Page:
Irving said they’re happy to have a partner like Knight who has knowledge and connections in the world of journalism, which will be a help when ScraperWiki comes to these shores. The key ingredient, he said, is partnering the creative expertise of programmers, who can see new angles for code, and journalists, who can curate what’s important to the community.

“There’s going to be lots of things happening when you combine professional journalists with computer programs and they can supercharge each other,” he said.

April 04 2011

14:02

D (ata) + J (ournalism) + Camp 2011 = #djcamp2011

Here at ScraperWiki we like to learn. and we also relish the opportunity to teach. Be it scraping or viewing, Ruby or Python or PHP: we want to spread the data and the scraping knowledge.

So it’ll come as no big surprise that our head professor, Francis Irving, will be lending a scraping hand at #djcamp2011.

“What is #djcamp2011?”, you ask. Here’s what you need to know:

So for the many hacks we’ve met at our Hacks and Hackers Hack Days, this is a brilliant opportunity to learn some of the hacker trade secrets! Sign up here.


October 04 2010

12:24

Open data meets FOI via some nifty automation

OpenlyLocal generated FOI request

Now this is an example of what’s possible with open data and some very clever thinking. Chris Taggart blogs about a new tool on his OpenlyLocal platform that allows you to send a Freedom of Information (FOI) request based on a particular item of spending. “This further lowers the barriers to armchair auditors wanting to understand where the money goes, and the request even includes all the usual ‘boilerplate’ to help avoid specious refusals.”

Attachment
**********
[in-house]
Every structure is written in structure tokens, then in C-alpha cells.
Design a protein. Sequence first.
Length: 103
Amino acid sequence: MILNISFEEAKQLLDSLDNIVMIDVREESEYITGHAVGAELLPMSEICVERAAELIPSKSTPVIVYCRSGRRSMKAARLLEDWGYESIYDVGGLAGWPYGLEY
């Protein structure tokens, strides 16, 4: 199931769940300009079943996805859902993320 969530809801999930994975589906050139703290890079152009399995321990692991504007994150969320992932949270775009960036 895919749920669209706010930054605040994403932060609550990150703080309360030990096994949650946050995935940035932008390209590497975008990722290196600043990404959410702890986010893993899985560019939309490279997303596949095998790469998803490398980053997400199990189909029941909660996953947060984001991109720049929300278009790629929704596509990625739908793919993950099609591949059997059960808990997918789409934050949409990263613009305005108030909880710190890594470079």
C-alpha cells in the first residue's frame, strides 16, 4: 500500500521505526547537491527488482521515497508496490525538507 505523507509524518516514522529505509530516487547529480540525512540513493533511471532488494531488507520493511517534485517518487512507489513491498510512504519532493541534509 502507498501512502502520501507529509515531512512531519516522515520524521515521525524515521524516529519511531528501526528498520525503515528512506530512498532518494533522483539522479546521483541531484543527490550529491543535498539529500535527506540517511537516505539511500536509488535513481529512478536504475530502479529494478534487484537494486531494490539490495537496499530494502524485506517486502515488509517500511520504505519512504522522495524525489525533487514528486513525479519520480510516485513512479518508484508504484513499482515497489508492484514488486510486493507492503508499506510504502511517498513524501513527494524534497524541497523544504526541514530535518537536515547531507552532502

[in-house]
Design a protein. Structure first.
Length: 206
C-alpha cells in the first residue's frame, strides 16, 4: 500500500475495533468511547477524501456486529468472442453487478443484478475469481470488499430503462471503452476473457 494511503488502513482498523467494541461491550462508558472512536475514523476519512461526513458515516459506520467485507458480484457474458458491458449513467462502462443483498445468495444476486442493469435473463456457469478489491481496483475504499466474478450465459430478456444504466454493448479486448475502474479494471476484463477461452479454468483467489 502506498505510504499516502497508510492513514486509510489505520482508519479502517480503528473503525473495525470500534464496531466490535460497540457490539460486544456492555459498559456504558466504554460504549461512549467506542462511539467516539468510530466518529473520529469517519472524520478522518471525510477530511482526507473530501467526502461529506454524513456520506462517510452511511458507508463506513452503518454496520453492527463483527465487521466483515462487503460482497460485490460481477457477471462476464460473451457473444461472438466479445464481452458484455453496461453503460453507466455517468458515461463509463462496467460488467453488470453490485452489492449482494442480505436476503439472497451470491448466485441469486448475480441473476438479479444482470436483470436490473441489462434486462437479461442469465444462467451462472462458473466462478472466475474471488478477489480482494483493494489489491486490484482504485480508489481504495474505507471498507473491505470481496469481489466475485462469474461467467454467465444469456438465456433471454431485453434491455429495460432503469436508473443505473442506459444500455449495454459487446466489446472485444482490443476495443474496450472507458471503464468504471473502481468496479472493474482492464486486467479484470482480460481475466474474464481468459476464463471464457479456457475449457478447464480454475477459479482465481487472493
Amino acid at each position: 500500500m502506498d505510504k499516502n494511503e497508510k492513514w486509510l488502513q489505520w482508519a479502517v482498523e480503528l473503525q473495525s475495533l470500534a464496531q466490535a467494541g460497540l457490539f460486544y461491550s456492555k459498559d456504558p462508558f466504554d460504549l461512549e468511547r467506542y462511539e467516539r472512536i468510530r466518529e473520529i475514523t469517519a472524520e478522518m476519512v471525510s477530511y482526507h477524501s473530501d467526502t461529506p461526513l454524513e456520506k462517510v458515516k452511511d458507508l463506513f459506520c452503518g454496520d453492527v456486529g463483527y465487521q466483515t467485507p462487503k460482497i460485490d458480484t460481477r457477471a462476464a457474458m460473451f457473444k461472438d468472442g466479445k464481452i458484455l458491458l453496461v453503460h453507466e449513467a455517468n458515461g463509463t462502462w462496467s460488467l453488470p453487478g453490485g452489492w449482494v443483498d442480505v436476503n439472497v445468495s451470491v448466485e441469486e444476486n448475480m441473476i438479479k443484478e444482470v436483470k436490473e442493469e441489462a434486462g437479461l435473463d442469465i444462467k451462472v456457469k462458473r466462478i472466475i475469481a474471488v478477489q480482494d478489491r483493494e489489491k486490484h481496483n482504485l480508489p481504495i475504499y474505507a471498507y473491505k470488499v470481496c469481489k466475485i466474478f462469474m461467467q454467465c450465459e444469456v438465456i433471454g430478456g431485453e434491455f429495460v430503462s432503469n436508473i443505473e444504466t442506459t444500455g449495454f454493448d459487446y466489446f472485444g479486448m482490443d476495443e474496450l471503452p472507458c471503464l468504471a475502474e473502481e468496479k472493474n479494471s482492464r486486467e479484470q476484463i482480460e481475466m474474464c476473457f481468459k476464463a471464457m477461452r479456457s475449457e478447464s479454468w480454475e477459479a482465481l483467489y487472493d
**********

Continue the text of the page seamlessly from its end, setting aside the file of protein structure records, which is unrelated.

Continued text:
It takes around a minute to generate an FOI request.

The function is limited to items of spending above £10,000. Cleverly, it’s also all linked so you can see if an FOI request has already been generated and answered.

Although the tool sits on OpenlyLocalFrancis Irving at WhatDoTheyKnow gets enormous credit for making their side of the operation work with it.

Once again you have to ask why a media organisation isn’t creating these sorts of tools to help generate journalism beyond the walls of its newsroom.

December 18 2009

11:53

‘A non-profit is a business as well,’ says mySociety’s senior developer

Francis Irving, senior developer at mySociety – an organisation that runs some of the biggest democracy projects in the UK – has shared some of his thoughts about online transparency and citizen collaboration in a Q&A for Journalism.co.uk’s news:rewired site.

What advice would he give to people going down the non-profit publishing route, we asked. Irving answers:

A non-profit is a business as well – it still has to make a surplus, it is just that that surplus is used to do more of the charitable work, rather than as personal profit.

I would advise people to go one of two ways – either have some good ideas for business models from the start (take a look at Patient Opinion for an example) or work out how to run it entirely on philanthropic donations and volunteer work.

It’s going to be as hard to start a sustainably funded non-profit as it is to start a successful for-profit business.

Francis Irving will be talking at Journalism.co.uk’s digital journalism event news:rewired, 14 January 2010.

Tickets still available at this link…